If A Prison Guard Wants To Die, His Workplace Offers An Unlimited Supply Of People Willing To Oblige

Norfolk, VA – Being a prison guard is both stressful and dangerous, so it’s not surprising that the suicide rate is 39% higher than any other occupation. The Poor Man’s Guide to Suicide (Moonshine Cove Press), by Andrew H. Armacost, is a moving yet comical tale of an embittered prison guard, working at a correctional facility on the outskirts of Indianapolis, who decides the only meaningful thing left for him to do in life is die.

Most prison guards work hard just to survive each day and Wesley Weimer is no exception. As Armacost’s lead character peels back the layers of his life, he doesn’t like what he sees. A twice-divorced father of two, he realizes his life has grown lifeless. With child support payments sucking him dry, and most of his free time spent either taking care of his crippled mother or struggling through painful visits with his children, Wesley can’t help but wonder if there’s any point in carrying on.

With Christmas right around the corner, Wesley persuades a prisoner to strangle him for ten thousand dollars – this way, at least his kids can cash in on the life insurance. There’s just one problem…he doesn’t have ten thousand dollars!

This noir ‘why-done-it’ offers a humanizing look at both inmates and guards as it propels readers into the guts of a bleak yet fascinating subculture – all while managing to throw a spiritual life-ring to a drowning demographic: non-custodial fathers. Passionate and persuasive, emotional and humorous, Armacost’s latest book (his third published novel to date) is compelling storytelling at its best and makes for a powerful read, tough to put down.

Andrew Armacost studied literature and writing in Scotland at the University of Edinburgh after serving in the U.S. Navy, during which time he worked at sea and overseas, with long-term assignments to both Afghanistan and Singapore. In addition, Mr. Armacost has lived in Illinois, Ohio, Georgia, Florida, Japan and California, and was formerly a Corrections Officer for the State of Indiana. The author now calls Virginia Beach home where he lives with his wife and children.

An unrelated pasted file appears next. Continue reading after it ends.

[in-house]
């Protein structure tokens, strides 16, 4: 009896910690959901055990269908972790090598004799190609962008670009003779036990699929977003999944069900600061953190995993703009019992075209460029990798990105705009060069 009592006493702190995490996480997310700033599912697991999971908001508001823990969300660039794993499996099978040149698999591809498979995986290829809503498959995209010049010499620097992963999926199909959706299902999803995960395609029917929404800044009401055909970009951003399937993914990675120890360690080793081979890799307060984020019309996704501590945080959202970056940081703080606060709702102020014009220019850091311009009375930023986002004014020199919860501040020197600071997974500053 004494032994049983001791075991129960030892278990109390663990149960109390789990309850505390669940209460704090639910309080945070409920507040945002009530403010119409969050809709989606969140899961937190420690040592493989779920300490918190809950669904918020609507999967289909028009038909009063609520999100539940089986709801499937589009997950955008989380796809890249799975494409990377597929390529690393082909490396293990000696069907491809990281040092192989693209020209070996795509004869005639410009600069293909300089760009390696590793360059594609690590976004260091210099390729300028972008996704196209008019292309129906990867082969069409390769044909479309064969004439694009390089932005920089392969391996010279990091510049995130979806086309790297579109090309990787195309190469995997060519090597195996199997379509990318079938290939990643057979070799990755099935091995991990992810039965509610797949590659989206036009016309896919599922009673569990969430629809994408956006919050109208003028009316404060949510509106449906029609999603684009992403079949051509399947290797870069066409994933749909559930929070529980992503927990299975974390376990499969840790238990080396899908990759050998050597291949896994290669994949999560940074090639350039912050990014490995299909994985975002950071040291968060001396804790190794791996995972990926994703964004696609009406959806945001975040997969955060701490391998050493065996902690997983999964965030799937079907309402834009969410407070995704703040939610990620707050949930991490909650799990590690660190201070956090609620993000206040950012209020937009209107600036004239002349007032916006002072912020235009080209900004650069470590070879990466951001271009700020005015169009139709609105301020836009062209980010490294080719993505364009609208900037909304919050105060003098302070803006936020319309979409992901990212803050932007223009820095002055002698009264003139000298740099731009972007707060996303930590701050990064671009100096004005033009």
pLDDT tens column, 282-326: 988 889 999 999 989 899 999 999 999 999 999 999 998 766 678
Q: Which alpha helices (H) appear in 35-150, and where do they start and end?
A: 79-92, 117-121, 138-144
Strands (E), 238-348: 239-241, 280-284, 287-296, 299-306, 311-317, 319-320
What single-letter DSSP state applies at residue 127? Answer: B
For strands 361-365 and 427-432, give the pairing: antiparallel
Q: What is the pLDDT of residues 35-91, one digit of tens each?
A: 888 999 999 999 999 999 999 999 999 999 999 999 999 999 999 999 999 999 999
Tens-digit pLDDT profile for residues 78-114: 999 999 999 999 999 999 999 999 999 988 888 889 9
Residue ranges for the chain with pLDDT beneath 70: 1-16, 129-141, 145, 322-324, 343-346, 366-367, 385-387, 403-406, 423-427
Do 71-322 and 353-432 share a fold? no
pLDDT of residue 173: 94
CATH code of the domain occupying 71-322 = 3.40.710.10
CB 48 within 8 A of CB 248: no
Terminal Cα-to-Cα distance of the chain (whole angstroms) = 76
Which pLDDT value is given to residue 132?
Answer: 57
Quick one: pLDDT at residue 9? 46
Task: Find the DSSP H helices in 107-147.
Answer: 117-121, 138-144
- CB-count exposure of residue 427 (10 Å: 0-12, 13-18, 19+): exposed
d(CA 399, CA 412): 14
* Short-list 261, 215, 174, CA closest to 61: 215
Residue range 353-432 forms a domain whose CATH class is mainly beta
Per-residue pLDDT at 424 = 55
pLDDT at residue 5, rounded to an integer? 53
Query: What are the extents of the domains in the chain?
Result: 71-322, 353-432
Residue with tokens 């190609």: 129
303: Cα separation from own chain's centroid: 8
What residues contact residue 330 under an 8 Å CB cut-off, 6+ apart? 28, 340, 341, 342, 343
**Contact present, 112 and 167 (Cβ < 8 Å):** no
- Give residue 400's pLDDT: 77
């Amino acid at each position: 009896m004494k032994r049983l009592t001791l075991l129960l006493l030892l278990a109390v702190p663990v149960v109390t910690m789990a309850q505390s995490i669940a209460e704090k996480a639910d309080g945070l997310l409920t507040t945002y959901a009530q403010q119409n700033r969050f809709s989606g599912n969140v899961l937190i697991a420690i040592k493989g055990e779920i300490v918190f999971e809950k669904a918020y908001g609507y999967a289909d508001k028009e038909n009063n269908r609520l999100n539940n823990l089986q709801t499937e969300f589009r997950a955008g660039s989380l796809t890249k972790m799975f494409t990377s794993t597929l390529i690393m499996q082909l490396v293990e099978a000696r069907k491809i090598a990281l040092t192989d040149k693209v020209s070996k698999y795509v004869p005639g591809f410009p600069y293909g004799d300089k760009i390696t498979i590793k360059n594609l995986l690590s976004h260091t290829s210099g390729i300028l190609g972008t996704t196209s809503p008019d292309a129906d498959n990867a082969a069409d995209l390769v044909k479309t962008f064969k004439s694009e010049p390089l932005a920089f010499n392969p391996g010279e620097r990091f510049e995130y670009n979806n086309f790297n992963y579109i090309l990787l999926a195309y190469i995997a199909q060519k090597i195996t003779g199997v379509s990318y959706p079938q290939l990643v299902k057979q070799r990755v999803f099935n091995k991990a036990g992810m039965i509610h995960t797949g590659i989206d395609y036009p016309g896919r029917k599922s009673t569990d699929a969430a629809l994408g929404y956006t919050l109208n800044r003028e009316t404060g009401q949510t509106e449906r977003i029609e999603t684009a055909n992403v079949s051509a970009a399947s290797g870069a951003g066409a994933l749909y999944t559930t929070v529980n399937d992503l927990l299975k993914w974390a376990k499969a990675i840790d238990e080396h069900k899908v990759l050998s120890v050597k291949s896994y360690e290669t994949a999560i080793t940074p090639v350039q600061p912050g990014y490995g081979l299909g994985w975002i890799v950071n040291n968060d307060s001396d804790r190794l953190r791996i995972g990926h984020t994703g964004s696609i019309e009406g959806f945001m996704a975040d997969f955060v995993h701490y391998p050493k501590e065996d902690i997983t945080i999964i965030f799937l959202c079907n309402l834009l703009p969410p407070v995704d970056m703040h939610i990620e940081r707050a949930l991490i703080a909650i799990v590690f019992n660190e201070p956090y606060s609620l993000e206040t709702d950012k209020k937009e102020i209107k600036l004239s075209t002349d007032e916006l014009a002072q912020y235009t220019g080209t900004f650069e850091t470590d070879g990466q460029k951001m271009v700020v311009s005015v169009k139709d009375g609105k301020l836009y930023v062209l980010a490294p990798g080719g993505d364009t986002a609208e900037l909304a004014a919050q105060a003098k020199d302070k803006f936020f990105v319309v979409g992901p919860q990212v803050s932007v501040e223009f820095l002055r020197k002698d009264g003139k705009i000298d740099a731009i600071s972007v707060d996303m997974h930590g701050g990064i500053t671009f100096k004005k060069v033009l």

The Poor Man’s Guide to Suicide
Publisher: Moonshine Cove Press
Paperback $12.95
Release Date: May 10 2014
ISBN #: 9781937327446


Scott Phillips, award-winning, bestselling author of The Ice Harvest (now a major motion picture): “The Poor Man’s Guide to Suicide gives us a view of prison life we don’t normally see, humanizing both guards and inmates, as well as a beautiful portrait of a decent man at the end of his rope. Andrew Armacost’s writing is wonderfully funny and sad, and I will be reading whatever he writes from now on.”

D. Donovan, eBook Reviewer, Midwest Book Review: “The Poor Man’s Guide to Suicide is true grit at its best…a powerful read that will satisfy any who like dark, gritty noir writing …”

Kirkus Reviews: “A somber yet hopeful walk along the ledge.”

Dan Fante, author of Chump Change and Mooch: “Funny and well-conceived.”

Douglas Lord, Library Journal: “Armacost’s latest reveals much about the tendencies of depressed men. Wesley Weimer is 33…feeling hopeless, and constantly ruminating on his own misfortunes, [he] ponders the many ways to end it all. By the end, Wes has hope—not the fairy-tale variety. Verdict: Because Wesley is everydude—bright, normal, decent—albeit one who is a weathered husk of his once-happier self (Armacost’s fictional depiction of depression has an alarmingly real feel), this has special dude appeal.”

Elizabeth Malone
Ascot Media Group
Post Office Box 133032
The Woodlands, TX 77393
Office: (281) 333-3507